Can HIV Self-Test Help India End AIDS?
NEW DELHI, (IANS) – Testing is paramount to identify HIV cases, and making self-testing a national policy can certainly pave the way for ending AIDS in India, health experts contended on March 19.
Globally almost half of the countries (98) have included HIV self-testing policies, and one-fourth nations globally (52) are routinely implementing it. However, India is among the countries that have not yet developed a national policy on HIV self-testing.
“People who have HIV should know their status. Self-testing is a right of everybody,” Dr Ishwar Gilada, President of President, AIDS Society of India said.
Not implementing self-tests in India is just “a mindset issue”, Gilada said. “They (the government) unnecessarily think that somebody will commit suicide or counselling,” if people get to know their HIV status.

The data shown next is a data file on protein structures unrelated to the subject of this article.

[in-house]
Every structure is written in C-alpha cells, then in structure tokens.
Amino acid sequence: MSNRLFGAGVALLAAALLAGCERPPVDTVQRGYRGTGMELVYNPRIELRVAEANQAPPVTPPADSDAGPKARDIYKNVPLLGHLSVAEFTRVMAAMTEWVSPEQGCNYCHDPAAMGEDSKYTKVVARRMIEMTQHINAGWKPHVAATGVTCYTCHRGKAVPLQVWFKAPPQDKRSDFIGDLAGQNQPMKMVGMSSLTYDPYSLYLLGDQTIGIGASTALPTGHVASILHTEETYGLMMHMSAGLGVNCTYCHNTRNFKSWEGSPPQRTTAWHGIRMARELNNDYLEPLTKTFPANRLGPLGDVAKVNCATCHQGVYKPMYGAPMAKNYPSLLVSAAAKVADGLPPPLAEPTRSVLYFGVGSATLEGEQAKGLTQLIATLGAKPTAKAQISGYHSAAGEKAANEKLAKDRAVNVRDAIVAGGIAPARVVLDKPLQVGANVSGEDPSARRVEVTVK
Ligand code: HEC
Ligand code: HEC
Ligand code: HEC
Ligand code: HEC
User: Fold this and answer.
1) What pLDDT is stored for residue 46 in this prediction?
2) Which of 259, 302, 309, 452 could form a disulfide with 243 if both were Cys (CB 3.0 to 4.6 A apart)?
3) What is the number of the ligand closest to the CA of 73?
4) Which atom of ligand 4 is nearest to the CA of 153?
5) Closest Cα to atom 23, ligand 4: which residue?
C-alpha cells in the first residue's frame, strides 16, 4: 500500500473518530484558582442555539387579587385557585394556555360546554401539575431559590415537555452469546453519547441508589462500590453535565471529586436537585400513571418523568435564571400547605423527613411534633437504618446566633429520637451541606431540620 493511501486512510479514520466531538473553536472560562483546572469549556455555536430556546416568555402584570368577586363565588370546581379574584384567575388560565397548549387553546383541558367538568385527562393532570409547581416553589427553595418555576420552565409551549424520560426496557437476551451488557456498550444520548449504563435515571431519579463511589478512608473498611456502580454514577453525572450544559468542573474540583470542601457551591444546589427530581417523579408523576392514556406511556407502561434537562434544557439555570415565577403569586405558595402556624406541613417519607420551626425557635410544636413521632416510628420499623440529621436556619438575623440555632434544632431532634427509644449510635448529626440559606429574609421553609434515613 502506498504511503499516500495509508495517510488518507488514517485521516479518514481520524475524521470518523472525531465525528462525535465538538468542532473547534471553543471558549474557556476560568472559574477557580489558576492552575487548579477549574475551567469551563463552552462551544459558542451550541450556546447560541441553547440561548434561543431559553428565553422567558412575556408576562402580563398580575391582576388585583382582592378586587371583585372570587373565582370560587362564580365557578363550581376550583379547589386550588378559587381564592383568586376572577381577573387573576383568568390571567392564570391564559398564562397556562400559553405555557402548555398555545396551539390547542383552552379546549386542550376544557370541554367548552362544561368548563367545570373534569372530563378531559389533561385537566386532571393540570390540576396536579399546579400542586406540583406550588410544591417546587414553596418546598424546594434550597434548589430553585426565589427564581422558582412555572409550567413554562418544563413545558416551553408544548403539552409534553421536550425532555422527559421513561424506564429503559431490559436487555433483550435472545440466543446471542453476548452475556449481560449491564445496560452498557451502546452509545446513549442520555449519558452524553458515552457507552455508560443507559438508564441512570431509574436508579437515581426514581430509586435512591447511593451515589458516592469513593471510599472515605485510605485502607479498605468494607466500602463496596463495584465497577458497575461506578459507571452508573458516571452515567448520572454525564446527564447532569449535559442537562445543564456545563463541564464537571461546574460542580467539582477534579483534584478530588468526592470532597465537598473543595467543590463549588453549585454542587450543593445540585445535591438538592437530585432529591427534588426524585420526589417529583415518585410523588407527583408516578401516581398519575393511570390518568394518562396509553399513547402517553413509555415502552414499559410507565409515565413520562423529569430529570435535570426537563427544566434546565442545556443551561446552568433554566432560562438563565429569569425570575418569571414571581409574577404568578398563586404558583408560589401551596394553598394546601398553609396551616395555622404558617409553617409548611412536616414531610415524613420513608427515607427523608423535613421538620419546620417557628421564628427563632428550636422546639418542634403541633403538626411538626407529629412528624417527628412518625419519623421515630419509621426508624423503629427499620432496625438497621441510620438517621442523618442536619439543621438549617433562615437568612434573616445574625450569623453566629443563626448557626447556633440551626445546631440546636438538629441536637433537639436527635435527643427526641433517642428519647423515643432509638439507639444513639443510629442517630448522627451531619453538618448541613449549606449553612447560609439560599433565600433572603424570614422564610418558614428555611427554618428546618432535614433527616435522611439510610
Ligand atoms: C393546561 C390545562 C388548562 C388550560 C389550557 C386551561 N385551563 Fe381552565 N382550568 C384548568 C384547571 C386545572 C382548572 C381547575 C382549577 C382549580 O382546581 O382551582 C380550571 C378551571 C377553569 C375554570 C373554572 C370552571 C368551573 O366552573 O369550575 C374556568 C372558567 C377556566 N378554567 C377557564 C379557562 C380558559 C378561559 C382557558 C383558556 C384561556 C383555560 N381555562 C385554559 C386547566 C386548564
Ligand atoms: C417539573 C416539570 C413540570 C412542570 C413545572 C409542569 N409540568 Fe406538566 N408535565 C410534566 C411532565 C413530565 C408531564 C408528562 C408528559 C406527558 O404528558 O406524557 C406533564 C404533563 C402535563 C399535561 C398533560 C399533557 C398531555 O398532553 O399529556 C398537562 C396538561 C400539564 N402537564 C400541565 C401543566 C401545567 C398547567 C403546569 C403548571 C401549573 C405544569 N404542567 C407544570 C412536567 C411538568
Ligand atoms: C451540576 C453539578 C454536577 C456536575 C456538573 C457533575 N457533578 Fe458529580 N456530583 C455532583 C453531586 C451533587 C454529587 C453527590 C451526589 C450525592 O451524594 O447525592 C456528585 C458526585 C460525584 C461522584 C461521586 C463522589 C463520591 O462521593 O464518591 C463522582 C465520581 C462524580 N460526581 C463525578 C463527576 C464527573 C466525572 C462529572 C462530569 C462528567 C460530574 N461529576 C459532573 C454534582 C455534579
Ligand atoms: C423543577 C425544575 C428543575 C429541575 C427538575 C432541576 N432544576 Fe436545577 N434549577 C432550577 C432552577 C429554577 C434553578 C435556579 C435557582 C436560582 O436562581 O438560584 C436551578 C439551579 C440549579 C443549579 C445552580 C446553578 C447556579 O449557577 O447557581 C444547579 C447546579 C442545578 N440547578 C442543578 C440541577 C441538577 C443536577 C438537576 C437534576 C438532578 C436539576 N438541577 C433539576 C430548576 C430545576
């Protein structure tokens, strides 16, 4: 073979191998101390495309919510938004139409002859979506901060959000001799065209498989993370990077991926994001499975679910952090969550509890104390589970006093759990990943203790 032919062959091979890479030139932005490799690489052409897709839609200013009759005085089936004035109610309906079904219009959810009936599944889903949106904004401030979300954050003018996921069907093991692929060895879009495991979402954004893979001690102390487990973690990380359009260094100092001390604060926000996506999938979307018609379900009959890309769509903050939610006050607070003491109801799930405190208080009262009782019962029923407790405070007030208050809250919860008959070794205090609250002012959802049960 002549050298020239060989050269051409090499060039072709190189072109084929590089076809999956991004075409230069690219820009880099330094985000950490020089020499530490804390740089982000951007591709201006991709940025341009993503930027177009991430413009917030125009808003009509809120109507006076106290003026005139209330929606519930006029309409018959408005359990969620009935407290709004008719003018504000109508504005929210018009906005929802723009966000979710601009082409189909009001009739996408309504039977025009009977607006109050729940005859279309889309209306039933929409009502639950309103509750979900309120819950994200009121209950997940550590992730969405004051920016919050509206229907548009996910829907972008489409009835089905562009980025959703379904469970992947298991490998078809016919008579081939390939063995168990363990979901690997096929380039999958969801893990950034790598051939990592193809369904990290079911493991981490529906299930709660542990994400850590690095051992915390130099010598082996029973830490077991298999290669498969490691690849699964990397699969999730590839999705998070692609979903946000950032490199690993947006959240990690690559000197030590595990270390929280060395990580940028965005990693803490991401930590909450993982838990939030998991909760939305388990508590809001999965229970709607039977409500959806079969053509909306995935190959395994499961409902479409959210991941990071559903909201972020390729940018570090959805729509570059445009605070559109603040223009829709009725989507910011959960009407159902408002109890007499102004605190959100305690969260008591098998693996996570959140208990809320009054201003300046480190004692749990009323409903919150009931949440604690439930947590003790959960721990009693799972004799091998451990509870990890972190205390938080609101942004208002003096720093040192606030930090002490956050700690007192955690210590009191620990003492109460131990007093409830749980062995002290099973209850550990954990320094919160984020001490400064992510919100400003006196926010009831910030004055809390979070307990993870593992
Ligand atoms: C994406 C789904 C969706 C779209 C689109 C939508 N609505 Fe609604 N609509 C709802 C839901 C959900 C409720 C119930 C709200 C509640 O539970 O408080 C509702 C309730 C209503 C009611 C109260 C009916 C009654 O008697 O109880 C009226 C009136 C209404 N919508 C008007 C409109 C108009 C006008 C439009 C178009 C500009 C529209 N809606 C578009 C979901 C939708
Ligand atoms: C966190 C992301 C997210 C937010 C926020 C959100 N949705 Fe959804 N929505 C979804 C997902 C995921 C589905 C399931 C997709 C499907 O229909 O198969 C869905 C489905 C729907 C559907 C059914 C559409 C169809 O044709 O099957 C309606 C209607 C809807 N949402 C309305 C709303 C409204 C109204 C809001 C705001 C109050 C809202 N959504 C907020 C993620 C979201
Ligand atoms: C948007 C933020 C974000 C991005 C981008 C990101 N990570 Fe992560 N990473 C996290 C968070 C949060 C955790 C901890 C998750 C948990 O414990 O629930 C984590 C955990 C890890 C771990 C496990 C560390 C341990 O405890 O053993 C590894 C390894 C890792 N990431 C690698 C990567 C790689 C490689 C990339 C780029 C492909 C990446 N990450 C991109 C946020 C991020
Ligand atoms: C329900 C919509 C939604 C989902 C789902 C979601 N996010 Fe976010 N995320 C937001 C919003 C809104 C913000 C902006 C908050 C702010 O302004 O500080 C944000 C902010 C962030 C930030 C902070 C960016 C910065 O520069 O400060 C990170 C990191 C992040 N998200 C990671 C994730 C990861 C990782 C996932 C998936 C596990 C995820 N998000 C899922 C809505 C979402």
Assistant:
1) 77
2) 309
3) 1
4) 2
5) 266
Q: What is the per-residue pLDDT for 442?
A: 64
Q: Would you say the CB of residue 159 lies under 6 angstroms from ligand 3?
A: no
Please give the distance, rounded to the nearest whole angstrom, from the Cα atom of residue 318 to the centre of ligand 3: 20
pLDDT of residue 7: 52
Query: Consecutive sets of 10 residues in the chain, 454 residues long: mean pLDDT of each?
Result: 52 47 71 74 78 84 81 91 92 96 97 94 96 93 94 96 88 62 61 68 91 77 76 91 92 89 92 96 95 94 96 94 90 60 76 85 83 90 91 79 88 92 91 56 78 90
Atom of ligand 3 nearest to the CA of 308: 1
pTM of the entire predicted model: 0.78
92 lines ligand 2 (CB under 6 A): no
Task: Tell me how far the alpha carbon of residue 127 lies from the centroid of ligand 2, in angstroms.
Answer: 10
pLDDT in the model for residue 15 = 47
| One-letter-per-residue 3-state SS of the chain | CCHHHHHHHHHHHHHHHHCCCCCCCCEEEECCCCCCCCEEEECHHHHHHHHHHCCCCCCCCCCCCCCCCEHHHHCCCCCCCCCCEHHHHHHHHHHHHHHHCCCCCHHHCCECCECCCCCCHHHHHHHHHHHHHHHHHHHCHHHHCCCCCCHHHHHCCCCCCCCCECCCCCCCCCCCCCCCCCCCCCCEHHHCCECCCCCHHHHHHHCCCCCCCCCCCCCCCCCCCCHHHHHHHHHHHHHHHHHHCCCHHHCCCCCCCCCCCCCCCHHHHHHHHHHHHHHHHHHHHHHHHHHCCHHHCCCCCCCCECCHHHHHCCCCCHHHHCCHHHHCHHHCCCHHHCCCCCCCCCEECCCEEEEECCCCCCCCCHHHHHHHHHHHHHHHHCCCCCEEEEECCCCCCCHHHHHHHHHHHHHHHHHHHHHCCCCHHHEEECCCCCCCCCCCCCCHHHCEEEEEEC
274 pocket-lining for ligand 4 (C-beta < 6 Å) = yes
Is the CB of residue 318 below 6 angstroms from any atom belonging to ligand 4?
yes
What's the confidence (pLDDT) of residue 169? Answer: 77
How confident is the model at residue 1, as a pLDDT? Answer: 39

Citing the examples of “self-tests for Covid-19, pregnancy, diabetes,” he said, these “have not only proven successful in increasing the uptake of tests but also how it links to care services”.
The Joint United Nations Program on HIV/AIDS aims that 95 per cent of people living with HIV must know their status, 95 per cent of them should be on antiretroviral therapy (ART), and 95 per cent of these must be virally suppressed.
ART is the treatment for HIV and involves taking a combination of medicines. While it cannot cure HIV, it can help people with HIV live longer, healthier lives.
In India, as of March 2022, 77 per cent of people living with HIV knew their status, 84 per cent of them were on antiretroviral therapy, and 85 per cent of them had viral suppression.
This translates into 55 per cent of total people living with HIV in India being virally suppressed in 2021-22 against the target of 86 per cent of them virally suppressed by 2025-26.On the other hand, the poorest of the poor countries, including in Africa about 90-95 per cent know their HIV status.